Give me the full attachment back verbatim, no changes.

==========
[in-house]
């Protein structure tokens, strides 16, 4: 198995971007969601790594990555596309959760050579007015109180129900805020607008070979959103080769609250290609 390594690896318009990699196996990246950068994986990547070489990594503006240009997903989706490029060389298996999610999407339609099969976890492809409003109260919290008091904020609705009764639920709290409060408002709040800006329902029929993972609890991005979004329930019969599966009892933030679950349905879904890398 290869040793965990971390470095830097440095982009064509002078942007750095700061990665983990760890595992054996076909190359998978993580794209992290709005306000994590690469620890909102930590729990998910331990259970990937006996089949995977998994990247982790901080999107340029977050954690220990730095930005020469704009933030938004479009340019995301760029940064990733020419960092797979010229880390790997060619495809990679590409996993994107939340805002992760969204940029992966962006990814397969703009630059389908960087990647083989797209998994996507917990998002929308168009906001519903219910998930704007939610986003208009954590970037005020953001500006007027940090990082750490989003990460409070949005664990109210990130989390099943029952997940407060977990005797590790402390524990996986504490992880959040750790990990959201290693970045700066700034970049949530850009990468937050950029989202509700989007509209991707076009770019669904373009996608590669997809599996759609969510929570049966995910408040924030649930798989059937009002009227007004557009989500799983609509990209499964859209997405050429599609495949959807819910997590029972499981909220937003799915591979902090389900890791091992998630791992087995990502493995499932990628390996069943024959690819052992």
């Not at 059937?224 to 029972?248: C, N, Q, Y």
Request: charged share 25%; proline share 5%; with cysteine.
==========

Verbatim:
[in-house]
């Protein structure tokens, strides 16, 4: 198995971007969601790594990555596309959760050579007015109180129900805020607008070979959103080769609250290609 390594690896318009990699196996990246950068994986990547070489990594503006240009997903989706490029060389298996999610999407339609099969976890492809409003109260919290008091904020609705009764639920709290409060408002709040800006329902029929993972609890991005979004329930019969599966009892933030679950349905879904890398 290869040793965990971390470095830097440095982009064509002078942007750095700061990665983990760890595992054996076909190359998978993580794209992290709005306000994590690469620890909102930590729990998910331990259970990937006996089949995977998994990247982790901080999107340029977050954690220990730095930005020469704009933030938004479009340019995301760029940064990733020419960092797979010229880390790997060619495809990679590409996993994107939340805002992760969204940029992966962006990814397969703009630059389908960087990647083989797209998994996507917990998002929308168009906001519903219910998930704007939610986003208009954590970037005020953001500006007027940090990082750490989003990460409070949005664990109210990130989390099943029952997940407060977990005797590790402390524990996986504490992880959040750790990990959201290693970045700066700034970049949530850009990468937050950029989202509700989007509209991707076009770019669904373009996608590669997809599996759609969510929570049966995910408040924030649930798989059937009002009227007004557009989500799983609509990209499964859209997405050429599609495949959807819910997590029972499981909220937003799915591979902090389900890791091992998630791992087995990502493995499932990628390996069943024959690819052992």
């Not at 059937?224 to 029972?248: C, N, Q, Y």
Request: charged share 25%; proline share 5%; with cysteine.